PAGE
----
When Dominic Porporino, BA 88, started working at a UPS warehouse while studying economics at Concordia, he imagined himself at a job in banking after graduation.
His plans changed when the multinational package delivery and supply chain management company offered him a position as a driver and then promoted him to supervisor.
After three decades and a number of roles across Canada and Europe, Porporino is now responsible for more than 12,000 employees as president of UPS Canada, a job he assumed a year ago.
What aspects of your career at UPS have meant the most to you?
Dominic Porporino: What stands out most about the whole journey is being able to live in different parts of the country, travel all over Europe and see places that I never thought I’d be able to see, and meet people and make friendships.
How did Concordia influence your career?
DP: My time at Concordia helped to build the foundation of who I am. I played football at Concordia until my third year. The entire team was a pretty tight group and having that support structure was great. Playing on the Stingers taught me a lot about teamwork, leadership and commitment. These are skills that make you successful in life.
Who is someone that inspired you?
My father was always a great inspiration for me. He came from Italy and didn’t bring much with him but was able to support me and my nine siblings. I was always inspired by his work ethic.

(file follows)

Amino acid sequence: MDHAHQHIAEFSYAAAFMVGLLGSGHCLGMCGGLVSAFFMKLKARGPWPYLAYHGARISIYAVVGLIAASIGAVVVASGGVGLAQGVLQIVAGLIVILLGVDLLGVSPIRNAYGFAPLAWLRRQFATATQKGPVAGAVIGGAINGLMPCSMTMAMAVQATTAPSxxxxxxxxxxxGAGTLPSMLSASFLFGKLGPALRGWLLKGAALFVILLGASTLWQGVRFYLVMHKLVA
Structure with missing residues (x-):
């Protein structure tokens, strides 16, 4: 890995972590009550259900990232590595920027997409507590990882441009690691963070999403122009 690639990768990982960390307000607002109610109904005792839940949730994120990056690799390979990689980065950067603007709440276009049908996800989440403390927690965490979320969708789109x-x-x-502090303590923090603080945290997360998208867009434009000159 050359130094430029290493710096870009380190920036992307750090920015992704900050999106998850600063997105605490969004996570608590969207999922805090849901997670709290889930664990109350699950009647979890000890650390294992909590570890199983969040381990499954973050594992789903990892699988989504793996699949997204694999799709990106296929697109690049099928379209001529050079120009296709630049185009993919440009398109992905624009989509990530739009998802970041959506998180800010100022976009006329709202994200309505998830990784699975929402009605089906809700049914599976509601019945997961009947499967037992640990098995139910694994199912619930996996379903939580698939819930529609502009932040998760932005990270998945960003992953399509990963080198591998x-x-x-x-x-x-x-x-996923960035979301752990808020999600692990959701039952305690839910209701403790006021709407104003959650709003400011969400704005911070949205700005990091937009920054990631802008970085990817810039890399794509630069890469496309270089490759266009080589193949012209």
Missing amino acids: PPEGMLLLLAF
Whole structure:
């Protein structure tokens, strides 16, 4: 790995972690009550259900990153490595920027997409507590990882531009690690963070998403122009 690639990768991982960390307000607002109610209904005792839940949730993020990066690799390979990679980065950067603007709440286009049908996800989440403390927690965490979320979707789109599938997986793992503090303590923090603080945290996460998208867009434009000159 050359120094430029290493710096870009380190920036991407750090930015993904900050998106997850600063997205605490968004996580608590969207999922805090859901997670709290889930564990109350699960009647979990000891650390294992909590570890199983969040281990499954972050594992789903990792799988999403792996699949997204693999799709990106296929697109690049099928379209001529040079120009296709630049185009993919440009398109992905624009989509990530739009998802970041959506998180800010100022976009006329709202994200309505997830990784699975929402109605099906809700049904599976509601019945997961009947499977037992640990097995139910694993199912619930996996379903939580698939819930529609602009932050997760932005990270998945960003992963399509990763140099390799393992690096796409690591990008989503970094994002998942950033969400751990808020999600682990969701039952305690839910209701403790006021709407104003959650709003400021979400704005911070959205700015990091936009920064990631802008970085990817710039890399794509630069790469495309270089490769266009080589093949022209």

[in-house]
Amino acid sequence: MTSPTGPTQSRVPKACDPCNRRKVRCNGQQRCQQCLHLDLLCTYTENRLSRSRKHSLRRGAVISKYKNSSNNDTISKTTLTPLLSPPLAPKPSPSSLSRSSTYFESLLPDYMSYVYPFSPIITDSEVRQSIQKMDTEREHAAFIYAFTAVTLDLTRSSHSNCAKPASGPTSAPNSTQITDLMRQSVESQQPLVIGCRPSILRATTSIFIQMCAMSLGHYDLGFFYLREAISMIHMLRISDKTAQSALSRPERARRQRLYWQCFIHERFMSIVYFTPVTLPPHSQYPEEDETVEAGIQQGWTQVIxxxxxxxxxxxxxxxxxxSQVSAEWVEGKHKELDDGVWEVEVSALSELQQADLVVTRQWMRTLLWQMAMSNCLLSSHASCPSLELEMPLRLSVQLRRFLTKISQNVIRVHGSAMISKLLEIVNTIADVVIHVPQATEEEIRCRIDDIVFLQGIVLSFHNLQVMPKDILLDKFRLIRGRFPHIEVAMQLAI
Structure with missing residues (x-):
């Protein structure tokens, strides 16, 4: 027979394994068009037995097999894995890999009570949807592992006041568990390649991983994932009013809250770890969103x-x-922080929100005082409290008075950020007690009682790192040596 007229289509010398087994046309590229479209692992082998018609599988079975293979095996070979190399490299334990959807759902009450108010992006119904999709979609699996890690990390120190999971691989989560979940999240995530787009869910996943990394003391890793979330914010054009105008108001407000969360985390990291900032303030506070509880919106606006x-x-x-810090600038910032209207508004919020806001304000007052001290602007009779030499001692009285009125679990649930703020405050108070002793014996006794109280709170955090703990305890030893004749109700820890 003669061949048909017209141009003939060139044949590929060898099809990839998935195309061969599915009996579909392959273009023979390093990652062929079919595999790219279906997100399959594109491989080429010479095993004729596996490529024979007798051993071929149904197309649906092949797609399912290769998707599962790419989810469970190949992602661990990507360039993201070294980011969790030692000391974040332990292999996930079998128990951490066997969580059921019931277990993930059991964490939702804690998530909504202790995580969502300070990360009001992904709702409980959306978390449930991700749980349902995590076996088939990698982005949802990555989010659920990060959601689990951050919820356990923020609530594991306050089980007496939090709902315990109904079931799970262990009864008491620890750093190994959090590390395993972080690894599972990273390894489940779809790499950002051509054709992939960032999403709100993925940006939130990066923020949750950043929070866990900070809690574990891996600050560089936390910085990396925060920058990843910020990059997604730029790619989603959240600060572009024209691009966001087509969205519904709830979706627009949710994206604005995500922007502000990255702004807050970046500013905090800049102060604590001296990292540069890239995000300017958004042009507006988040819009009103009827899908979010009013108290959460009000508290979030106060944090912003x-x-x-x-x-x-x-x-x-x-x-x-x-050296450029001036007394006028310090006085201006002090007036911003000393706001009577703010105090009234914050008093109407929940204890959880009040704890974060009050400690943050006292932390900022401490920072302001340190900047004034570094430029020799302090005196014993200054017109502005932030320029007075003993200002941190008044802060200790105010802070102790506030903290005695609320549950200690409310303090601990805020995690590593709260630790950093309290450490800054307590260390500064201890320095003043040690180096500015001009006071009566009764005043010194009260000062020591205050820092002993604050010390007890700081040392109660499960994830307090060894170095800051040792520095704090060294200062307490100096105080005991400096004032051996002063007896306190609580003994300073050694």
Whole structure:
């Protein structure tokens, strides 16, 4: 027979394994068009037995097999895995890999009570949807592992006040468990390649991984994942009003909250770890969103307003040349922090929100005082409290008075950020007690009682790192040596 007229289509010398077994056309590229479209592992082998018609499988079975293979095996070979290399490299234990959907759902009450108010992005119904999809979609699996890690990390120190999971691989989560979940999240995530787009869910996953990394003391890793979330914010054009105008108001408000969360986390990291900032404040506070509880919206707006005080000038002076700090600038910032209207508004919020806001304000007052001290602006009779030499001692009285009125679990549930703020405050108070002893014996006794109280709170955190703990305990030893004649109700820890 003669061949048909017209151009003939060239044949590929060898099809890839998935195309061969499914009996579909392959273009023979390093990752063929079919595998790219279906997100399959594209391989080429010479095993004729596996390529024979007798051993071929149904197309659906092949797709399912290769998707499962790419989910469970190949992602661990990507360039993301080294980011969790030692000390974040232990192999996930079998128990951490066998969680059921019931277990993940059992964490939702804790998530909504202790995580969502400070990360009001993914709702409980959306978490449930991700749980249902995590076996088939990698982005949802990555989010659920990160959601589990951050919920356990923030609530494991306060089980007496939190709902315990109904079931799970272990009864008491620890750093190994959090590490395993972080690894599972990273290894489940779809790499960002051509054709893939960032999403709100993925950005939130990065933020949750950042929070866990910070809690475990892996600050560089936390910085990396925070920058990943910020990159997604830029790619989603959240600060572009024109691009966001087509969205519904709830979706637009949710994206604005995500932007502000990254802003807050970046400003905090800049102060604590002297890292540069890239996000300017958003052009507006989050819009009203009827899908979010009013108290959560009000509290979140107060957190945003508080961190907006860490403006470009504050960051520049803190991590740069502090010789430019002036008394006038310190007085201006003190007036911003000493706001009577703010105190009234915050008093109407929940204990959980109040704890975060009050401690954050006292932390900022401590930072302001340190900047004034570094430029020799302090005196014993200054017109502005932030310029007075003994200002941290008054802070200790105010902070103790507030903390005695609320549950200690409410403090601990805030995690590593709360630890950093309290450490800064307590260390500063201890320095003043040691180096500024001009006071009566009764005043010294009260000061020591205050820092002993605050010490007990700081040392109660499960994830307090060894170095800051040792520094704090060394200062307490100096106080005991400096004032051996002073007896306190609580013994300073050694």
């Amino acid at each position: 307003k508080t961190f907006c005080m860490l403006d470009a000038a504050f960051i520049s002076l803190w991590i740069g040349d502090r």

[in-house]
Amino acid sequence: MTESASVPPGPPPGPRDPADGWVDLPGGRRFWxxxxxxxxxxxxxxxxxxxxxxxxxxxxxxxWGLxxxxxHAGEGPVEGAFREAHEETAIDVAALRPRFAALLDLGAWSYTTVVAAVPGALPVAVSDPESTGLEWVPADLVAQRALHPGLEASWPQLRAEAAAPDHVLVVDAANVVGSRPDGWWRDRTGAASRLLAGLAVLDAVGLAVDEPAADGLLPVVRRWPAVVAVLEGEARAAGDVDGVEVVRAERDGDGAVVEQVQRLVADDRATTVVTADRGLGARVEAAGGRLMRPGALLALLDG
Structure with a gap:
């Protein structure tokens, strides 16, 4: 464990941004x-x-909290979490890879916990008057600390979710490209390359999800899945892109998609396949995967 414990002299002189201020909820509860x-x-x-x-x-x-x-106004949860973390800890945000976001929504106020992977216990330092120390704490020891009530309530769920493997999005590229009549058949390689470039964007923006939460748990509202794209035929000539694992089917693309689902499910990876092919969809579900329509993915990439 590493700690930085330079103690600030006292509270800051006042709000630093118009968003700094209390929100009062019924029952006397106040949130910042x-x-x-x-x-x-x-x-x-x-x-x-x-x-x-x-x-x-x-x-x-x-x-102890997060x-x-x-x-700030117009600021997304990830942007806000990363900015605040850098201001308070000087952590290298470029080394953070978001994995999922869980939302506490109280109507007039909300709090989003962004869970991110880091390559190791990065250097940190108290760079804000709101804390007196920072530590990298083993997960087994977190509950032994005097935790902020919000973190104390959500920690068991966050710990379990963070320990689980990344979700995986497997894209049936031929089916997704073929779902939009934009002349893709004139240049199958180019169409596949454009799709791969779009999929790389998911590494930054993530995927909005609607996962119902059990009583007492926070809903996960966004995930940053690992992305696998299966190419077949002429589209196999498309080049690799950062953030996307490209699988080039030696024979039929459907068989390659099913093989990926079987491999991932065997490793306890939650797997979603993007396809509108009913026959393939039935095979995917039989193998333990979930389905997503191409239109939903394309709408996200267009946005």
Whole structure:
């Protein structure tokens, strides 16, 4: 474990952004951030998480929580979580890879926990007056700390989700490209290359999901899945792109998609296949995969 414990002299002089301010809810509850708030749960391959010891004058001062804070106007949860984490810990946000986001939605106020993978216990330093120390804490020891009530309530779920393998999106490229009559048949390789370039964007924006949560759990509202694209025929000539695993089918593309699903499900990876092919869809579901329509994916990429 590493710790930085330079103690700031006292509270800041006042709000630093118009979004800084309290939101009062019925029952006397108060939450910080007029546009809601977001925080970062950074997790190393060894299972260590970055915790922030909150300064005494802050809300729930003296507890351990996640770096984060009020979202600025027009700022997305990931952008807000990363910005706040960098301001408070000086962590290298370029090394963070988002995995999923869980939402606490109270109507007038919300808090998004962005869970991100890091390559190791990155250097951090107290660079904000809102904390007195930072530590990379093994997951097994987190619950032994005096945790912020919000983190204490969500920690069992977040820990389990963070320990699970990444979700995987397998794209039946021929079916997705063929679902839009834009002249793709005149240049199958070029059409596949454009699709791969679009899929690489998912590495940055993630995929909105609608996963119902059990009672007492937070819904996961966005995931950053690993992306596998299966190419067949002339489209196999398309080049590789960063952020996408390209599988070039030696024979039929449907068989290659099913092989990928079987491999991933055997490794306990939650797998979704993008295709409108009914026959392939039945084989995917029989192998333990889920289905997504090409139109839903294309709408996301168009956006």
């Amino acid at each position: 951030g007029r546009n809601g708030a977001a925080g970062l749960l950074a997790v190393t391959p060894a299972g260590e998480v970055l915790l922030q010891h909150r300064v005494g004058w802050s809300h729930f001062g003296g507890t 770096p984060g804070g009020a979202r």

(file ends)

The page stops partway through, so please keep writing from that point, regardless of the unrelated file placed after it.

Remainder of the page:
What is the highlight of your career?
As a Canadian, it meant a lot for me to return from Europe to become president of UPS Canada because as a multinational company we’re moving people all over the world. It doesn't happen very often that a home-bred employee gets to lead the country.
What was the biggest challenge of your career?
When I first moved away from Montreal in 1999, it was a difficult decision for me to leave my parents and my siblings behind to go across the country to Vancouver. I’ve been traveling pretty much my entire career since then. It’s been a big challenge trying to maintain those ties. I wanted a career but also wanted to cherish my family and friends.
On the other hand, had I not left Montreal, I wouldn’t have had the experiences I did and grow as a person because of them.
What advice would you offer to current Concordia students?
The piece of advice that stands out for me is to be genuine and if you say you’re going to do something you make sure you do it.
Being genuine doesn’t mean going into a boardroom and picking a fight or acting in an unprofessional manner. I’ve never gotten myself into trouble for speaking from the heart and sharing my point of view about what I think is right.